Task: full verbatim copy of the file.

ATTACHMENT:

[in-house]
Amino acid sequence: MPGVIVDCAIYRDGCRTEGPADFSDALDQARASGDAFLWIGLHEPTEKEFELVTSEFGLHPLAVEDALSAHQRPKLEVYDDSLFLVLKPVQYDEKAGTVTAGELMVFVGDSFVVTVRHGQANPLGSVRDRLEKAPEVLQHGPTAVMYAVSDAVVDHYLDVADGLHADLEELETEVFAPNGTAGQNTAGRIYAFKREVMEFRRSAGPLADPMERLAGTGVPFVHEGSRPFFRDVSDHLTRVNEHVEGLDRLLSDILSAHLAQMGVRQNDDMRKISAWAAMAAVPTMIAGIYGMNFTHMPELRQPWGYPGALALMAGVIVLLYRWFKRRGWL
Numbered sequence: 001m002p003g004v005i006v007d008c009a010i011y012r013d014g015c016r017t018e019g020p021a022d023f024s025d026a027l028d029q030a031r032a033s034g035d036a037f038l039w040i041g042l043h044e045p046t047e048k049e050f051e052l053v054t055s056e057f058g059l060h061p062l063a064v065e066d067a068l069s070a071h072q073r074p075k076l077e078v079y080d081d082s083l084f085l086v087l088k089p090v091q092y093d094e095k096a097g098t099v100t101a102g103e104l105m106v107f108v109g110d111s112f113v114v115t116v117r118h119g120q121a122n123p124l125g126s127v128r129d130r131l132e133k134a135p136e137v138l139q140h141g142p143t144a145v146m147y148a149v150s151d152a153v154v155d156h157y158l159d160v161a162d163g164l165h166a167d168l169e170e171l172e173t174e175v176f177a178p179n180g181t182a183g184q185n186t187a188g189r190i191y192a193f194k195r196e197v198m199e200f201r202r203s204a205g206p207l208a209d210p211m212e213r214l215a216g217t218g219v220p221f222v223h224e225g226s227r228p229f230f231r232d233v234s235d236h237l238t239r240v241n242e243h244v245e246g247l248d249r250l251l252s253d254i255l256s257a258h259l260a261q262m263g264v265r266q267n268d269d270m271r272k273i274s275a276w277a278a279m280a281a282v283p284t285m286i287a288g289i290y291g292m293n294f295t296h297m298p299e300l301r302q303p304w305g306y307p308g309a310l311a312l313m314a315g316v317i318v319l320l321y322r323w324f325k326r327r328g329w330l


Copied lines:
[in-house]
Amino acid sequence: MPGVIVDCAIYRDGCRTEGPADFSDALDQARASGDAFLWIGLHEPTEKEFELVTSEFGLHPLAVEDALSAHQRPKLEVYDDSLFLVLKPVQYDEKAGTVTAGELMVFVGDSFVVTVRHGQANPLGSVRDRLEKAPEVLQHGPTAVMYAVSDAVVDHYLDVADGLHADLEELETEVFAPNGTAGQNTAGRIYAFKREVMEFRRSAGPLADPMERLAGTGVPFVHEGSRPFFRDVSDHLTRVNEHVEGLDRLLSDILSAHLAQMGVRQNDDMRKISAWAAMAAVPTMIAGIYGMNFTHMPELRQPWGYPGALALMAGVIVLLYRWFKRRGWL
Numbered sequence: 001m002p003g004v005i006v007d008c009a010i011y012r013d014g015c016r017t018e019g020p021a022d023f024s025d026a027l028d029q030a031r032a033s034g035d036a037f038l039w040i041g042l043h044e045p046t047e048k049e050f051e052l053v054t055s056e057f058g059l060h061p062l063a064v065e066d067a068l069s070a071h072q073r074p075k076l077e078v079y080d081d082s083l084f085l086v087l088k089p090v091q092y093d094e095k096a097g098t099v100t101a102g103e104l105m106v107f108v109g110d111s112f113v114v115t116v117r118h119g120q121a122n123p124l125g126s127v128r129d130r131l132e133k134a135p136e137v138l139q140h141g142p143t144a145v146m147y148a149v150s151d152a153v154v155d156h157y158l159d160v161a162d163g164l165h166a167d168l169e170e171l172e173t174e175v176f177a178p179n180g181t182a183g184q185n186t187a188g189r190i191y192a193f194k195r196e197v198m199e200f201r202r203s204a205g206p207l208a209d210p211m212e213r214l215a216g217t218g219v220p221f222v223h224e225g226s227r228p229f230f231r232d233v234s235d236h237l238t239r240v241n242e243h244v245e246g247l248d249r250l251l252s253d254i255l256s257a258h259l260a261q262m263g264v265r266q267n268d269d270m271r272k273i274s275a276w277a278a279m280a281a282v283p284t285m286i287a288g289i290y291g292m293n294f295t296h297m298p299e300l301r302q303p304w305g306y307p308g309a310l311a312l313m314a315g316v317i318v319l320l321y322r323w324f325k326r327r328g329w330l